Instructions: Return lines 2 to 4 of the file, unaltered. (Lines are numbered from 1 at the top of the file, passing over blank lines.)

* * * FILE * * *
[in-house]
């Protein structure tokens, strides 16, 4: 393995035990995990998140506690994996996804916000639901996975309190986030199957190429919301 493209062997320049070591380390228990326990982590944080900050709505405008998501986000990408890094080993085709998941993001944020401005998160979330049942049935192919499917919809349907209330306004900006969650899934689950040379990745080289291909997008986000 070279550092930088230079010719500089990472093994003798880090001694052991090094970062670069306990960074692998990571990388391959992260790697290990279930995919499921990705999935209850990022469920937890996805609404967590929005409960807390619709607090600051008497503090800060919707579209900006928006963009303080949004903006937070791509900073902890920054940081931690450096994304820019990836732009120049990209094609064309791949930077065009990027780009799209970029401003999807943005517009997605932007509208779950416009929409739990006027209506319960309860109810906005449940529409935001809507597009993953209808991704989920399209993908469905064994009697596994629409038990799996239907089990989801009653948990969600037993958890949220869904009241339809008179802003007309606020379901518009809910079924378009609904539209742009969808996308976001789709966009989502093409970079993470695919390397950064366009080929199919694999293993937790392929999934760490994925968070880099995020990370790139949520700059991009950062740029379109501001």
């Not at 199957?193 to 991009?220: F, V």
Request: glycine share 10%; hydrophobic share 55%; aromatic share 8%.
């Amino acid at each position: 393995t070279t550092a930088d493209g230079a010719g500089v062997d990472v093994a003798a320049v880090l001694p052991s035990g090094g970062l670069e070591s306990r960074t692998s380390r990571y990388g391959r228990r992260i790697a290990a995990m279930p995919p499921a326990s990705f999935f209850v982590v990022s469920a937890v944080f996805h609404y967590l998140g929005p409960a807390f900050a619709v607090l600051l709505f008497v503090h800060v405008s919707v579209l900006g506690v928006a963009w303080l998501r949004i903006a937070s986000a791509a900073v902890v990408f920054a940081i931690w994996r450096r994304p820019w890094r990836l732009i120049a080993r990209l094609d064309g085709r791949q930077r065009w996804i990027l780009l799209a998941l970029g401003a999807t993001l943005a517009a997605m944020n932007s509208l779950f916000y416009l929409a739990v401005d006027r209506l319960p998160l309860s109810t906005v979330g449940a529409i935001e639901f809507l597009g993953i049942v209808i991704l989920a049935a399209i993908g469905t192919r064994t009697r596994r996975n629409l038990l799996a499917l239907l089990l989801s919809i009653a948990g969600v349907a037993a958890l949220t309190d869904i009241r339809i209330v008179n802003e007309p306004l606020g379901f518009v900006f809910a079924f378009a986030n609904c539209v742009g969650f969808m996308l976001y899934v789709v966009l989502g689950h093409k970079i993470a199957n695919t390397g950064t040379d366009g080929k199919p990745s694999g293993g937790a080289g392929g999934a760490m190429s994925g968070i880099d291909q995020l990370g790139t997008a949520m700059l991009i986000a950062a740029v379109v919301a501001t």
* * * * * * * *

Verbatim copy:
């Protein structure tokens, strides 16, 4: 393995035990995990998140506690994996996804916000639901996975309190986030199957190429919301 493209062997320049070591380390228990326990982590944080900050709505405008998501986000990408890094080993085709998941993001944020401005998160979330049942049935192919499917919809349907209330306004900006969650899934689950040379990745080289291909997008986000 070279550092930088230079010719500089990472093994003798880090001694052991090094970062670069306990960074692998990571990388391959992260790697290990279930995919499921990705999935209850990022469920937890996805609404967590929005409960807390619709607090600051008497503090800060919707579209900006928006963009303080949004903006937070791509900073902890920054940081931690450096994304820019990836732009120049990209094609064309791949930077065009990027780009799209970029401003999807943005517009997605932007509208779950416009929409739990006027209506319960309860109810906005449940529409935001809507597009993953209808991704989920399209993908469905064994009697596994629409038990799996239907089990989801009653948990969600037993958890949220869904009241339809008179802003007309606020379901518009809910079924378009609904539209742009969808996308976001789709966009989502093409970079993470695919390397950064366009080929199919694999293993937790392929999934760490994925968070880099995020990370790139949520700059991009950062740029379109501001």
């Not at 199957?193 to 991009?220: F, V």
Request: glycine share 10%; hydrophobic share 55%; aromatic share 8%.